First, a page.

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The first patient fitted with an artificial heart by French company Carmat has died 75 days after receiving the transplant.
The 76-year-old, who was suffering from a terminal heart condition before the operation, died on 2 March, the Georges-Pompidou European Hospital in Paris confirmed.
The hospital added the cause of death will not be known until a later date.
When the man was fitted with the device, his natural heart could no longer pump enough blood around the body to sustain him. He was thought to only have a matter of weeks, or even days, to live before the operation.
The prosthetic organ is designed to replace a real heart for up to five years while patients wait on the transplant list. It also aims to reduce the side-effects associated with transplants.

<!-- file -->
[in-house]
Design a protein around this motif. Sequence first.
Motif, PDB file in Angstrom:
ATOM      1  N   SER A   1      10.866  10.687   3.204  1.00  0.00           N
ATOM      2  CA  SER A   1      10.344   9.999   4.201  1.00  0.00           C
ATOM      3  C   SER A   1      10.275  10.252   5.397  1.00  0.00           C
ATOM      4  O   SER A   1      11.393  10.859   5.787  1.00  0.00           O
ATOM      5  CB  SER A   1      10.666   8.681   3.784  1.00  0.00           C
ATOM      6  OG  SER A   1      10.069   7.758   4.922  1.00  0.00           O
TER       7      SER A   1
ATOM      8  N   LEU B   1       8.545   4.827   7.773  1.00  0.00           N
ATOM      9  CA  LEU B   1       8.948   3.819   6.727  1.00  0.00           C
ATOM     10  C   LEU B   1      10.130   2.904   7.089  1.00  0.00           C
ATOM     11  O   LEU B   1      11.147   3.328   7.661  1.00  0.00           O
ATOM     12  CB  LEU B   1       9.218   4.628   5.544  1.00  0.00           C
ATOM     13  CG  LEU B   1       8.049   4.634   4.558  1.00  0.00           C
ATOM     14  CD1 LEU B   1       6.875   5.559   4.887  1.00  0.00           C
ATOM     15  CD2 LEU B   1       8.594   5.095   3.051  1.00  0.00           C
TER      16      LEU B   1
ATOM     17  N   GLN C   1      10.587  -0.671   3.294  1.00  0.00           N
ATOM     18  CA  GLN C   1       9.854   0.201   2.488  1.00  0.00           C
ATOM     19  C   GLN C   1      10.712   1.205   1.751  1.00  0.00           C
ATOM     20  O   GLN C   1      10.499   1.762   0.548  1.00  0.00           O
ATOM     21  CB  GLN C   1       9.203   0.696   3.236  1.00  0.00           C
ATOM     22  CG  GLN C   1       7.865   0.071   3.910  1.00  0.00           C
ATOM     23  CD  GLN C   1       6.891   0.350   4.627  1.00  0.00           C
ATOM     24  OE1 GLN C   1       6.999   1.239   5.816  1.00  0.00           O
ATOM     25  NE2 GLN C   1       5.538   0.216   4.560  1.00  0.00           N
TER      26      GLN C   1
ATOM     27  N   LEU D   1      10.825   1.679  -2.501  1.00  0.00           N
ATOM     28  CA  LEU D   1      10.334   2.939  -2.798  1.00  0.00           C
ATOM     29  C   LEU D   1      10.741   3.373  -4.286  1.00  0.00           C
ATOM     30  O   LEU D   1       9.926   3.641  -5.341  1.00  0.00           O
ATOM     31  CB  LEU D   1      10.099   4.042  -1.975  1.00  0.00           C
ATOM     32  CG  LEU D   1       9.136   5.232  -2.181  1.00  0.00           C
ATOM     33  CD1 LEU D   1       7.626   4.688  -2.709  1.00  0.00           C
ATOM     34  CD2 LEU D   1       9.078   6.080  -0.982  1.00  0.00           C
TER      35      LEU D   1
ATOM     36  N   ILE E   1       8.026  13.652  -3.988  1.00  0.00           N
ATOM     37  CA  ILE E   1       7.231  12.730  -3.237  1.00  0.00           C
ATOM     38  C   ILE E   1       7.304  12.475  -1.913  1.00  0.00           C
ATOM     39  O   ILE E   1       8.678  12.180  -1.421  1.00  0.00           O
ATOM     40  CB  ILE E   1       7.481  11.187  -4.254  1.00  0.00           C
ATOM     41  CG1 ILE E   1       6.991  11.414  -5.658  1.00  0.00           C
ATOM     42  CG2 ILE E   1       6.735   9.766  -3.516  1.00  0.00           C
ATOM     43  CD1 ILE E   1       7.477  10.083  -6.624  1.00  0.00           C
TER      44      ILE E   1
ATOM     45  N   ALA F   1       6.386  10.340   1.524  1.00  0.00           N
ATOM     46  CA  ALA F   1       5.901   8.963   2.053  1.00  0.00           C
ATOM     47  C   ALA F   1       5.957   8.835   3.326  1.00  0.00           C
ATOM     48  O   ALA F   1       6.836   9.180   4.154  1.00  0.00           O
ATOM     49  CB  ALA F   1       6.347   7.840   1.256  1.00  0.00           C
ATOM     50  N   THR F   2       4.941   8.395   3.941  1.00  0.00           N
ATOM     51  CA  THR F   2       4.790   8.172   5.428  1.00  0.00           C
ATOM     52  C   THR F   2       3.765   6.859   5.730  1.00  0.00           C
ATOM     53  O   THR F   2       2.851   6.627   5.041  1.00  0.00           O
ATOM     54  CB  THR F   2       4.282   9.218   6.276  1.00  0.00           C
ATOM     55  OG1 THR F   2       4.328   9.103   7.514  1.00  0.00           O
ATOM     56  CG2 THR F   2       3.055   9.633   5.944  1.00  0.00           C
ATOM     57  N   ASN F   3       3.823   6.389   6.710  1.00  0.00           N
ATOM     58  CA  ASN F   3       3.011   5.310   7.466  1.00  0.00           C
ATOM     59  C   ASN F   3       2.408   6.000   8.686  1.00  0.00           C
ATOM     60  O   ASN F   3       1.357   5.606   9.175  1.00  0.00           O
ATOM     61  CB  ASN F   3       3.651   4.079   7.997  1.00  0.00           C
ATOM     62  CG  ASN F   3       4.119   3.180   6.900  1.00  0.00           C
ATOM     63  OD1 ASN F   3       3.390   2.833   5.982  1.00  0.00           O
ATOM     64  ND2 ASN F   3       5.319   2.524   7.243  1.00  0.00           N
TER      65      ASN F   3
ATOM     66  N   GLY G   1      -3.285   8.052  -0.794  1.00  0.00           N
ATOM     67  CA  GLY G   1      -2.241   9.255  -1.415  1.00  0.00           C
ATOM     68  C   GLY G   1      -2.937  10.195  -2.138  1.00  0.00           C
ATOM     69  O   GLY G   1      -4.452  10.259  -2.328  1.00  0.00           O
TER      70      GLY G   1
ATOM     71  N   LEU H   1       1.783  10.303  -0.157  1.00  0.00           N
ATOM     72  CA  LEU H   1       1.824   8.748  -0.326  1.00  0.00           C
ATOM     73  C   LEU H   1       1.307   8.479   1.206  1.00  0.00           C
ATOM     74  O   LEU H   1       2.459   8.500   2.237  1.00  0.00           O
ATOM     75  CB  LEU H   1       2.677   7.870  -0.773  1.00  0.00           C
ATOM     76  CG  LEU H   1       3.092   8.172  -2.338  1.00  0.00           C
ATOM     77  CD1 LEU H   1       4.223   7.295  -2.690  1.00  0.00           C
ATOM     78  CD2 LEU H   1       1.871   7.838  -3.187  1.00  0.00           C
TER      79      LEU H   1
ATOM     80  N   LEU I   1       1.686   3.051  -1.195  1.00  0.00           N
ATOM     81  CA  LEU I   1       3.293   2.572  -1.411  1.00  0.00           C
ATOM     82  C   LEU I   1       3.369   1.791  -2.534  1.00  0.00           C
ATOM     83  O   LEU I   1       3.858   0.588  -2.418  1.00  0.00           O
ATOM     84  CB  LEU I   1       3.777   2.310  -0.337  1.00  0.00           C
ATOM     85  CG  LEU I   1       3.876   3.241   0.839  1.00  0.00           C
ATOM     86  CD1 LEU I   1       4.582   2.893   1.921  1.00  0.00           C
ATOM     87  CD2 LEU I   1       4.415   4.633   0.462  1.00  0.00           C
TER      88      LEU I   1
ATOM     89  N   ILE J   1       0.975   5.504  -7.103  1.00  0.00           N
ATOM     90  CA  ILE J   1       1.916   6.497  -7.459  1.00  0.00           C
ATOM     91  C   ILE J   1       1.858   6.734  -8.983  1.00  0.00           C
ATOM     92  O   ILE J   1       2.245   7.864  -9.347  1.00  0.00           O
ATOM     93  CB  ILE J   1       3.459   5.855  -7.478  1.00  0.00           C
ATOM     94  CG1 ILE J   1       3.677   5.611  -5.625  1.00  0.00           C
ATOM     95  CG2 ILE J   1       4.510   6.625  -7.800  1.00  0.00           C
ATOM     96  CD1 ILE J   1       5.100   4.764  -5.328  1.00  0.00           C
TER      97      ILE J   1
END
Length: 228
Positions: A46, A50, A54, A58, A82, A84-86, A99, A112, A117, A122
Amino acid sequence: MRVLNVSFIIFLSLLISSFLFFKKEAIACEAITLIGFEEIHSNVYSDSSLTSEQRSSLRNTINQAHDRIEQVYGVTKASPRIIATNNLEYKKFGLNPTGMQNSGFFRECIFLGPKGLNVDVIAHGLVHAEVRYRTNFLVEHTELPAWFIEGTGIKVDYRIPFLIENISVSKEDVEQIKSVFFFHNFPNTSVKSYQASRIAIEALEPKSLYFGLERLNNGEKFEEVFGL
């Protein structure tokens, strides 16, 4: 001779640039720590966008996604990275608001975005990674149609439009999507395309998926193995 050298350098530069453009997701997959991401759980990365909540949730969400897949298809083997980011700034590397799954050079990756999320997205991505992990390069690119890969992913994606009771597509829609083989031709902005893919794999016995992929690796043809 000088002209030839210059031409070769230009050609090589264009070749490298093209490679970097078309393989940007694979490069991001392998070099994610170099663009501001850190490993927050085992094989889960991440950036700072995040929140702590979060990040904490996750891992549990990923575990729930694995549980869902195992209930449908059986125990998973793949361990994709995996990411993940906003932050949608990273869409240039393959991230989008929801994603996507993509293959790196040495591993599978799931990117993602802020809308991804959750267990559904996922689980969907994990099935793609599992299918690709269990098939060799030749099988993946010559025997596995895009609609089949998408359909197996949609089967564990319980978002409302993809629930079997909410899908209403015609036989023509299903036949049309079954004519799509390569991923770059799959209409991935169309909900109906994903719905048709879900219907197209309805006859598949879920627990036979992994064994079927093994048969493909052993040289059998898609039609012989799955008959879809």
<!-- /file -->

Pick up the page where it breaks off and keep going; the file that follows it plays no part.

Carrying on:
The Carmat product mimics the actions of a real heart using an array of sensors and biomaterials.
"Carmat wishes to pay tribute to the courage and the pioneering role of this patient and his family, as well as the medical team's dedication," a company spokesperson said.
The company added it is too early to suggest a link between the artificial heart and the patient's death.
Three more patients in France are due to be fitted with the device during the clinical trial since the first operation on 18 December. The French government passed legislation to allow the transplants last September.
The trials will be considered a success if the patients, who all suffer from acute heart failure, survive past a month. From there, Carmat said it would fit the artificial heart in a further 20 patients who have less serious heart conditions.
The hospital added: "The doctors directly involved in the post-surgical care wish to highlight the value of the lessons learned from this first clinical trial, with regard to the selection of the patient, his surveillance, the prevention and treatment of difficulties encountered."